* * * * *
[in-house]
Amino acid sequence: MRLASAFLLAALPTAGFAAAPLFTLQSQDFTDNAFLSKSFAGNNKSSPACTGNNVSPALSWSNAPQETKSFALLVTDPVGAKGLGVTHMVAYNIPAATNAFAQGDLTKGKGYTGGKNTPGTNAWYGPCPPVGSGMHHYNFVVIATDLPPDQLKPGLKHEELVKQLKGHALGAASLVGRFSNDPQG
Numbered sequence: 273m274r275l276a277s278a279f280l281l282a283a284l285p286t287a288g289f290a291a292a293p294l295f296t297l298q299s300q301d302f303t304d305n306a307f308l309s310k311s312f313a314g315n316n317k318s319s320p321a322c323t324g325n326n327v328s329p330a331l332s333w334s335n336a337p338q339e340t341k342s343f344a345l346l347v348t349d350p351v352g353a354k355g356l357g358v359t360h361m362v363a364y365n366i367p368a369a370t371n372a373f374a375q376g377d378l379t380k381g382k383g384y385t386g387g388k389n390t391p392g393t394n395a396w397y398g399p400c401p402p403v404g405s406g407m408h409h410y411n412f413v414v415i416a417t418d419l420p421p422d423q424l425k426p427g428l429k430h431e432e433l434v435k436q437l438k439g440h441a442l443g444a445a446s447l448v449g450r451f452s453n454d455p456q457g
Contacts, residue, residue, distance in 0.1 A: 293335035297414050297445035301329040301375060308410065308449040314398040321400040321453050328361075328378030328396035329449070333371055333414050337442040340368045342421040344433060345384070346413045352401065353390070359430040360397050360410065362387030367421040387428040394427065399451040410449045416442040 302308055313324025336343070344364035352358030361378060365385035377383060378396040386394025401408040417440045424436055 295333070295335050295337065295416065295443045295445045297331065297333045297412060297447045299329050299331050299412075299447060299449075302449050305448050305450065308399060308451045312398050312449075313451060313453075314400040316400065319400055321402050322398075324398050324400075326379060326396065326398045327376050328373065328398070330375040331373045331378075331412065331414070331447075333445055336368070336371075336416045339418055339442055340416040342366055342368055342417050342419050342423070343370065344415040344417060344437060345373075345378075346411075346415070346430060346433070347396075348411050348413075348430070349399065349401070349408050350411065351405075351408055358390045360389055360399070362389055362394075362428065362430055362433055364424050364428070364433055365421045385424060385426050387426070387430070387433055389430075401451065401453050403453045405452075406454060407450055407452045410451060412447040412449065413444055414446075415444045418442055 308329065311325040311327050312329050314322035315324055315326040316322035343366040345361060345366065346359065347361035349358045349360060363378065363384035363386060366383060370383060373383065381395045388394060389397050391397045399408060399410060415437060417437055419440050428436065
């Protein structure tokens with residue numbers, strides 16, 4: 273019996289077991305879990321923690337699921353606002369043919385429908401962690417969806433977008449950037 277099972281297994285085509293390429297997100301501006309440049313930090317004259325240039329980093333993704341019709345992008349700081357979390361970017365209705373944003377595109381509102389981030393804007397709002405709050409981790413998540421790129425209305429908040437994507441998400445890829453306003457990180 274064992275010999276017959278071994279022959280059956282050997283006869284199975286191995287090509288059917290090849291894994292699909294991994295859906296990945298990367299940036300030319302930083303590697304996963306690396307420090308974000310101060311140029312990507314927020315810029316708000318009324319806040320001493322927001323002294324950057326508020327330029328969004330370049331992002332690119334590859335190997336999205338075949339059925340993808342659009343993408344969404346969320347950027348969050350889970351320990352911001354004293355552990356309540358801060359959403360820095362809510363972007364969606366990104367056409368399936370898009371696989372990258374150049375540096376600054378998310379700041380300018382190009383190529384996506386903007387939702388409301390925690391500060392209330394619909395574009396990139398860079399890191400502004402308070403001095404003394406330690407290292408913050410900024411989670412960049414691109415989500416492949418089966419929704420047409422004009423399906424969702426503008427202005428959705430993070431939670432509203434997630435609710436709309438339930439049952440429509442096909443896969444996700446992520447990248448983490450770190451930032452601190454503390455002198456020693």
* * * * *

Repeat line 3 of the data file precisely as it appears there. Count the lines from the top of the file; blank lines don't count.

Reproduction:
Numbered sequence: 273m274r275l276a277s278a279f280l281l282a283a284l285p286t287a288g289f290a291a292a293p294l295f296t297l298q299s300q301d302f303t304d305n306a307f308l309s310k311s312f313a314g315n316n317k318s319s320p321a322c323t324g325n326n327v328s329p330a331l332s333w334s335n336a337p338q339e340t341k342s343f344a345l346l347v348t349d350p351v352g353a354k355g356l357g358v359t360h361m362v363a364y365n366i367p368a369a370t371n372a373f374a375q376g377d378l379t380k381g382k383g384y385t386g387g388k389n390t391p392g393t394n395a396w397y398g399p400c401p402p403v404g405s406g407m408h409h410y411n412f413v414v415i416a417t418d419l420p421p422d423q424l425k426p427g428l429k430h431e432e433l434v435k436q437l438k439g440h441a442l443g444a445a446s447l448v449g450r451f452s453n454d455p456q457g